One year ago, we bemoaned the lack of transparency at New Mexico’s Children, Youth and Families Department amid a rash of deaths of children on the department’s radar, whistleblower allegations of efforts to conceal misconduct and the agency’s troubling tendency to stonewall the public.
Fast forward to today, and our hopes that a new CYFD Cabinet secretary would usher in an era of transparency and accountability are quickly fading.
Barbara Vigil, a retired state Supreme Court justice who took over CYFD last October, ordered an outside review of the agency — a move we applauded as a first step toward repairing a longstanding credibility problem. Her initial instincts were on the money: “The people of New Mexico deserve an independent outside entity, with expertise in this area, to come in and help us assess what we’re doing, and whether we can improve it.”
Vigil told the Journal Editorial Board Jan. 19 the review was “an effort on my part to really self-examine and see what we can do better to minimize the risk of child fatalities in New Mexico. So that process is ongoing. And we will have a report on that. And I’m happy to share it with you as well. … Some of this is hard, because it reflects, you know, maybe things that I wish we could do better, we would have done better … but it’s in the interest of transparency and accountability that I want to make change in this department.”
Vigil pledged during the January meeting to make the consultant’s report, which was due April 15, public. To date her agency has withheld the report and waffled as to why. A cynic might question if it’s being sanitized before release.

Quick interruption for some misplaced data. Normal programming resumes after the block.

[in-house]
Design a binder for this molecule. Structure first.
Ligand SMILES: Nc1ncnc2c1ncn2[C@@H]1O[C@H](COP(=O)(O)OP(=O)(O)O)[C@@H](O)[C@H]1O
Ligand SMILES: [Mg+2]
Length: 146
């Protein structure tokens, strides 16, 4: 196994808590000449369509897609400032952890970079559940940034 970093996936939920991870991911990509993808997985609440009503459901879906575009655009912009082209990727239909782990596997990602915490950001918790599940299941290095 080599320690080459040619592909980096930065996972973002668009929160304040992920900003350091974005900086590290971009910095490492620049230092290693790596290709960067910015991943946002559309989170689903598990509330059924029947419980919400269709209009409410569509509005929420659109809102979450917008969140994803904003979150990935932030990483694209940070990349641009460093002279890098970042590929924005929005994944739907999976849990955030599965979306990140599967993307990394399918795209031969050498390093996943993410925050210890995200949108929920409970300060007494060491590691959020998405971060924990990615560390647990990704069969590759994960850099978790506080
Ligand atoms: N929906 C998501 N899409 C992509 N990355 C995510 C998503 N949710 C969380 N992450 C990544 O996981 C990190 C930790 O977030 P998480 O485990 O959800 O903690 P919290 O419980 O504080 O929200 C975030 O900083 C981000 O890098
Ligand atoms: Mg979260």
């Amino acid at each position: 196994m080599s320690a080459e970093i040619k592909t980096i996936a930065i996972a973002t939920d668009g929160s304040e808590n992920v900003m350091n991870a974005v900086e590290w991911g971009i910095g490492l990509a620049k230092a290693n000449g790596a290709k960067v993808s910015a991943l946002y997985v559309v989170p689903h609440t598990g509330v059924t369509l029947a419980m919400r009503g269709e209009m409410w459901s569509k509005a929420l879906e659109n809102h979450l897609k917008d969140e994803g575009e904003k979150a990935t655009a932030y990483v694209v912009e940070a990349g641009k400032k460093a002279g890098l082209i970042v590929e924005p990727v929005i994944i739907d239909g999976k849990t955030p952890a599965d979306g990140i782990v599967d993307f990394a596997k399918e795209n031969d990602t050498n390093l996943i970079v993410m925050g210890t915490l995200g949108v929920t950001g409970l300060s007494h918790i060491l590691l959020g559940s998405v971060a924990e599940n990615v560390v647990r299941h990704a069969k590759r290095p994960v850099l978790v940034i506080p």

Under a $59,640 state contract, Collaborative Safety LLC was to review up to five child fatalities or high-profile incidents to develop “learning points,” conduct debriefings and a systemic analysis. The final report was to include an overview of findings and recommendations for improvement.
The agency has given different responses to Journal inquiries seeking the document under the state Inspection of Public Records Act, first claiming “attorney-client privilege” on June 30, then saying on July 8 the report will be released after agency attorneys finish reviewing it.
State Rep. Marian Matthews, D-Albuquerque, a retired lawyer and former deputy state attorney general, questioned why attorney-client privilege would be cited. “I thought, ‘Well this is good,’ but why are the results not being shared? It was a factual investigation; it did not appear to me to be asking for a legal opinion.”
On July 13, just yesterday, CYFD’s Enhancing Delivery of Services Steering Committee refused to allow a Journal reporter to sit in on a report update. Child advocacy groups, court officials and some state lawmakers were invited, so it wasn’t an internal discussion. A CYFD official told the reporter that information about the committee’s meetings would eventually be posted on the agency’s website.
And in typical CYFD fashion, a spokesman said before releasing the report, agency lawyers want to ensure compliance with confidentiality provisions of the New Mexico Children’s Code. Matthews says some lawmakers have been concerned CYFD has cited the confidentiality provisions of the Children’s Code to protect the agency instead of those the law is intended to protect — children and families.
If/when the report is finally released, CYFD’s penchant for secrecy and aversion to scrutiny will have coopted any department claims of self-reflection. Remember this is the department that just a year ago was using an app that automatically deleted communications between staffers — staffers paid and entrusted by the public to keep kids safe.
As Matthews wisely notes, “when you don’t share the information, then there’s a tendency for people to think it must be an awful report. That’s where the public trust piece comes in, by being forthcoming.”
Unfortunately, the more things change the more they stay the same. CYFD seems to still be more concerned with CYA than the Youth and Families in its title.
This editorial first appeared in the Albuquerque Journal. It was written by members of the editorial board and is unsigned as it represents the opinion of the newspaper rather than the writers.